Tasks and Objectives of the Organisation for Economic Co-operation and Development (OECD)

Conference entrance of the Organization for Economic Cooperation and Development
Photo: OECD

The aim of the OECD is to use its wealth of information to help governments foster economic growth and prosperity and fight poverty.

For this purpose, the OECD analyses and compares key economic figures and calculates the effects of various political options while consistently pursuing an approach that promotes market economy and free trade. The analyses are subjected to discussion in a number of committees with representatives of the member states and ultimately result in recommendations. Being a knowledge institution, the OECD has no impact on whether or not its recommendations will be implemented. As with all scientific works, OECD's reports and recommendations are available for discussion.

In accordance with Article 1 of its Convention, the aims of the OECD shall be to promote policies designed
- to achieve sustainable economic growth and employment and a rising standard of living in member countries, while maintaining financial stability,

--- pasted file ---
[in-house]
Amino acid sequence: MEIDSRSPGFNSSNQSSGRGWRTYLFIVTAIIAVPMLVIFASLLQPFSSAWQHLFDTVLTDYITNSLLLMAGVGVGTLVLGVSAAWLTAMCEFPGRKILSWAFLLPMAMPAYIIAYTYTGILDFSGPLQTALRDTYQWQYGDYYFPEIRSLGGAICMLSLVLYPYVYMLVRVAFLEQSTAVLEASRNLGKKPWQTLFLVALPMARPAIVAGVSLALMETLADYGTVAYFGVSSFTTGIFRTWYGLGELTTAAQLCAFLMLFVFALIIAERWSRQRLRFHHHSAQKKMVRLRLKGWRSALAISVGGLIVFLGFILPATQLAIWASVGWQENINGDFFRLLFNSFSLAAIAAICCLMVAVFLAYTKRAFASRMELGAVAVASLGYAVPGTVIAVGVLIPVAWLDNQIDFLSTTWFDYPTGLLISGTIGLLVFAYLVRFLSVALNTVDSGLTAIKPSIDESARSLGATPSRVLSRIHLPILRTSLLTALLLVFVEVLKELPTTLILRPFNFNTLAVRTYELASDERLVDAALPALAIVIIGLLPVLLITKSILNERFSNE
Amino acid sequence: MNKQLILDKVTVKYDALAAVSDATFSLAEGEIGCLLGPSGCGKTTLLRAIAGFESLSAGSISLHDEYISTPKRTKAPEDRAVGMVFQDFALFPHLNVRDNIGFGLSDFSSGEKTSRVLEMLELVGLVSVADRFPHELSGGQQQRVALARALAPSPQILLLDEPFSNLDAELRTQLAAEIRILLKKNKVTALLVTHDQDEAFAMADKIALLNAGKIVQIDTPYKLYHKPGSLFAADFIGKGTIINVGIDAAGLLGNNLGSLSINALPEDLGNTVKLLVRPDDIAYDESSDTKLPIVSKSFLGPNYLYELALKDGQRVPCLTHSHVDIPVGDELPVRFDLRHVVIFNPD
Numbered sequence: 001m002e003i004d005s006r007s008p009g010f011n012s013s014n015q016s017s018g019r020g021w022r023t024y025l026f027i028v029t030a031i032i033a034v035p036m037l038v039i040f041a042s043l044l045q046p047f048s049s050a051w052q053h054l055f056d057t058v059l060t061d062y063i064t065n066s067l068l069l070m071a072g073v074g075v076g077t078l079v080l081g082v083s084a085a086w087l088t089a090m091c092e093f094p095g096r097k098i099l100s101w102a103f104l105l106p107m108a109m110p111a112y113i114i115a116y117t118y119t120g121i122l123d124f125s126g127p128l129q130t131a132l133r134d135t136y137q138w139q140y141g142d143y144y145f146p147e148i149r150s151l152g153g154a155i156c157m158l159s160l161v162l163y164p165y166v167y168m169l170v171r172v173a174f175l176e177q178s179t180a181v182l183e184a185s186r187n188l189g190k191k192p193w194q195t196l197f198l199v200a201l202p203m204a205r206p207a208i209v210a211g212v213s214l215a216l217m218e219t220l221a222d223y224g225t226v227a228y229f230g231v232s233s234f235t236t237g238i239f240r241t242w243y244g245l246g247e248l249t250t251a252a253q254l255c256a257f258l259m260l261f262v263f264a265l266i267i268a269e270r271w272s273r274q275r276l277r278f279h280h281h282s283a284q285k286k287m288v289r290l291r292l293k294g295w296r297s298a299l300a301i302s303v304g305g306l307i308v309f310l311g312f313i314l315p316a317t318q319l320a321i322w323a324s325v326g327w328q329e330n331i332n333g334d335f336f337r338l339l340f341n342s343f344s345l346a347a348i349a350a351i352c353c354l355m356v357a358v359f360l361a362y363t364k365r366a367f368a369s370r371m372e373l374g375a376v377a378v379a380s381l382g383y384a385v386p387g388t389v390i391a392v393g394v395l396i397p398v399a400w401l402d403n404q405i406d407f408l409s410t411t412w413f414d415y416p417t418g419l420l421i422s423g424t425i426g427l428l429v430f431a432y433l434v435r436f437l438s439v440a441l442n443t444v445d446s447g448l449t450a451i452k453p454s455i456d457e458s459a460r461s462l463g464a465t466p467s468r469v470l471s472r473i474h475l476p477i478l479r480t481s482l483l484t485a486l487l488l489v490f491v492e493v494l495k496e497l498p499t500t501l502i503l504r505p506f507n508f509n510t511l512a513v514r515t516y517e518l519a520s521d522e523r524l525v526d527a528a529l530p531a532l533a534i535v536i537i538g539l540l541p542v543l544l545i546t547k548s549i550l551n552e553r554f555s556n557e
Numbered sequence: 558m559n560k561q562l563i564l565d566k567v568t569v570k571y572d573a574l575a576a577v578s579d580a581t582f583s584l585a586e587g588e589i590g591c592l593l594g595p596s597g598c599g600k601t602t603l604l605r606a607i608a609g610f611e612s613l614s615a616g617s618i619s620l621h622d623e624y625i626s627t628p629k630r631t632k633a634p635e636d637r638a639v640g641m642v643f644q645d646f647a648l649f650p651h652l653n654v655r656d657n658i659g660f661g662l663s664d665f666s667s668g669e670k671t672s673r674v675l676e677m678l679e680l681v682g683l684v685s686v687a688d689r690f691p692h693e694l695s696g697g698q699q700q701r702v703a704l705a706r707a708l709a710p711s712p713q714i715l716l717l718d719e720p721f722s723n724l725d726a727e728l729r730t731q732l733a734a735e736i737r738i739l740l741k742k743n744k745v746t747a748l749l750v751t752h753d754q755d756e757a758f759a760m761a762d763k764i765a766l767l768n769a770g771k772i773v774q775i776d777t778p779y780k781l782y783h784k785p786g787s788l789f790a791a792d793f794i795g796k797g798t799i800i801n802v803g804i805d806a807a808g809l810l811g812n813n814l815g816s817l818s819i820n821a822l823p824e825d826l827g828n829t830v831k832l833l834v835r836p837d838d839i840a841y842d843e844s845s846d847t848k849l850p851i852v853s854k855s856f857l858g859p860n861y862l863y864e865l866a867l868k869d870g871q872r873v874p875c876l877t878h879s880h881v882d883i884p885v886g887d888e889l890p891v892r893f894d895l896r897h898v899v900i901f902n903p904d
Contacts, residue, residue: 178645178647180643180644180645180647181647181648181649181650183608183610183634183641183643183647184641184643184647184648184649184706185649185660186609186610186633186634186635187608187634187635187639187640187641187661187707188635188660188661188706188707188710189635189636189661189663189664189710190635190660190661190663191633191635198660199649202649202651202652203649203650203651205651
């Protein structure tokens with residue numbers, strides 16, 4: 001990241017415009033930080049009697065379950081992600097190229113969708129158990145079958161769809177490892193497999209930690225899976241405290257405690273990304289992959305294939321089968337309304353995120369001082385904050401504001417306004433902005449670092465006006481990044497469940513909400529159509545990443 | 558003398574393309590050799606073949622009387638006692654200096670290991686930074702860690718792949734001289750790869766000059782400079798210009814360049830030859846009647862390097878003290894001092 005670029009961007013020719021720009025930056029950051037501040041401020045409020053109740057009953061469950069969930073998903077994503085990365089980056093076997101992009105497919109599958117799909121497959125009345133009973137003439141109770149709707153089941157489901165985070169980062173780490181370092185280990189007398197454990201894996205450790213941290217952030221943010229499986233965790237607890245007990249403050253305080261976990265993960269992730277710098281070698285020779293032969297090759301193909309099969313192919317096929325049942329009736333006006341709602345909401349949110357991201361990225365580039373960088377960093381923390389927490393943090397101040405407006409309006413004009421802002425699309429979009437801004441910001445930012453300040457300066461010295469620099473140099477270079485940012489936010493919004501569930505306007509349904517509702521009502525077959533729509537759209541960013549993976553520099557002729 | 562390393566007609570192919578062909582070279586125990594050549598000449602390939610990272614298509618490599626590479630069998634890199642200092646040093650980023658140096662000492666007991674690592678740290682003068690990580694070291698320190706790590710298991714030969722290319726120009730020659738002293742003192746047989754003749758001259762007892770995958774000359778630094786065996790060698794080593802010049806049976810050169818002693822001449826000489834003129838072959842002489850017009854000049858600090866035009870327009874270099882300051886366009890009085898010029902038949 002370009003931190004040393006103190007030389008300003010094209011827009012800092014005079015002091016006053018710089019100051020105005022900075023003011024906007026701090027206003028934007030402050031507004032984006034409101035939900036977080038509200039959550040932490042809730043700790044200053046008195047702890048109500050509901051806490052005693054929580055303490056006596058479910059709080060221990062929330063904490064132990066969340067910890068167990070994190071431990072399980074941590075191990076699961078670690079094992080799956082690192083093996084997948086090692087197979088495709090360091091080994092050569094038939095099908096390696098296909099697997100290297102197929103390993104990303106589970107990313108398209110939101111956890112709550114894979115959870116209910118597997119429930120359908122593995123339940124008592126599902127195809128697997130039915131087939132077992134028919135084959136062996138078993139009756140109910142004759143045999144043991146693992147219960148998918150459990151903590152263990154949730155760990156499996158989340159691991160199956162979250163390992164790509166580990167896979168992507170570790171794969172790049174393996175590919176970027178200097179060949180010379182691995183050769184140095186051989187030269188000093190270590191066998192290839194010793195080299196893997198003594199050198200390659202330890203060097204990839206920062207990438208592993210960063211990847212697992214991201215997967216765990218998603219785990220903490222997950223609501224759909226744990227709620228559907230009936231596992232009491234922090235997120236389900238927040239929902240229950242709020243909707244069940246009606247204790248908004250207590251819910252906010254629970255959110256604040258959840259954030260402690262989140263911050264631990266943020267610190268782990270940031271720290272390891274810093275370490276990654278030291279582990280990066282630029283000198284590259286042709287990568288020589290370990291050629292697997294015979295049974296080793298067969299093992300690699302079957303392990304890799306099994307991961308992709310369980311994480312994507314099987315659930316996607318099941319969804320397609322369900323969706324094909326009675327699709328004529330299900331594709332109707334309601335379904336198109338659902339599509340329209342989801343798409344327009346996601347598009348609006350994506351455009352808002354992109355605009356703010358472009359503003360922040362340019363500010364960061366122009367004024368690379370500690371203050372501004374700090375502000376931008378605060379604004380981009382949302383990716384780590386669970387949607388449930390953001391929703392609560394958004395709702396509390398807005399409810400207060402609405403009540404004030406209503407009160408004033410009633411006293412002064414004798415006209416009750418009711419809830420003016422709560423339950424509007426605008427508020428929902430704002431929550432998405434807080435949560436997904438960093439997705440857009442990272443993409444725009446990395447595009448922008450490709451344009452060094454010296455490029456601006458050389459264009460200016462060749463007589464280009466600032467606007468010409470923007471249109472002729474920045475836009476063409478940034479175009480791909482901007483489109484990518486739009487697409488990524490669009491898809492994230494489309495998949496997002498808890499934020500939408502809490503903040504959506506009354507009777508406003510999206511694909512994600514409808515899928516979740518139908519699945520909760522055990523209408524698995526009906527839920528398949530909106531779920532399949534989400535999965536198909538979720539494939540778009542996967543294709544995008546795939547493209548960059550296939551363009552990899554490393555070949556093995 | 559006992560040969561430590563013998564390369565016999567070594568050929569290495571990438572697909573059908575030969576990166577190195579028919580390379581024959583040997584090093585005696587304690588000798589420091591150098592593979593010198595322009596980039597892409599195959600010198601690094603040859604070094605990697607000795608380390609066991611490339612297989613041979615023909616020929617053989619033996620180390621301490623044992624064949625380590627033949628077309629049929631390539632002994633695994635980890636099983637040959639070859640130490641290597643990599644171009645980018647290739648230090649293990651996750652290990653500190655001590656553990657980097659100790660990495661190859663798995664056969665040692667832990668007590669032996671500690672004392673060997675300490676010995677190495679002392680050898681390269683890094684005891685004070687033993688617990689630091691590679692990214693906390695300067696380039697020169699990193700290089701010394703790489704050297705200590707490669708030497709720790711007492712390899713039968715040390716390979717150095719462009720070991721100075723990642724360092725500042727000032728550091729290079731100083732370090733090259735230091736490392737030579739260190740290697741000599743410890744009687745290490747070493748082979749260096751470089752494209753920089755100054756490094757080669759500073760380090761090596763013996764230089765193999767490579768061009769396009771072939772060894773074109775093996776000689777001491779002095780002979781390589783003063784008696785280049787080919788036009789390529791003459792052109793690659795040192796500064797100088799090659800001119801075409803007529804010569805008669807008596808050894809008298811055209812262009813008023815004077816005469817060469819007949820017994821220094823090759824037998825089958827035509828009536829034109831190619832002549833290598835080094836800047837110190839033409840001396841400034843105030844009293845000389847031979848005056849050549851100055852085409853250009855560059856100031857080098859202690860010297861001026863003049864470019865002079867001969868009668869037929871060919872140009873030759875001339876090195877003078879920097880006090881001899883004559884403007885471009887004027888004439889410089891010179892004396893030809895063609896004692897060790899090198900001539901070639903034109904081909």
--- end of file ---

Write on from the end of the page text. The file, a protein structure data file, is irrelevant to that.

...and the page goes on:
- to contribute to sound economic expansion in member as well as non-member countries in the process of economic development; and
- to contribute to the expansion of world trade on a multilateral, non-discriminatory basis.

The OECD also monitors Green Growth and Better Life initiatives based on indicators.

As an international organisation, it is funded by its member countries. The contributions depend, on the size of each member's economy. Main contribution payer is currently the US (23 %), followed by Japan. Austria contributes 1.25 % to the Part I budget. Member countries may also make voluntary contributions to support special programmes (Part II budget).

As indicated above, the OECD works in dialogue with its member countries. The highest OECD body is the Council, which defines the general strategic direction and action fields. The Secretariat is led by the Secretary-General (as of June 2006 Angel Gurria) and is organised in several directorates responsible for different areas. The Trade and Agriculture Directorate (TAD) is in charge of agriculture.

The major OECD committees established for agricultural matters are:

The Committee for Agriculture (COAG) as the superior body and

  1. the Working Party on Agricultural Policies and Markets
  2. the Joint Working Party on Agriculture and Trade and
  3. the Joint Working Party on Agriculture and Environment.

In line with intra-state responsibilities, the Federal Ministry of Agriculture, Forestry, Regions and Water Management supports the committees related to agriculture and the environment. Since 8 January 2018, the overall coordination of OECD matters has been the responsibility of the Federal Ministry for Europe, Integration and Foreign Affairs (BMEIA). The Permanent Representation of Austria to the OECD is in Paris.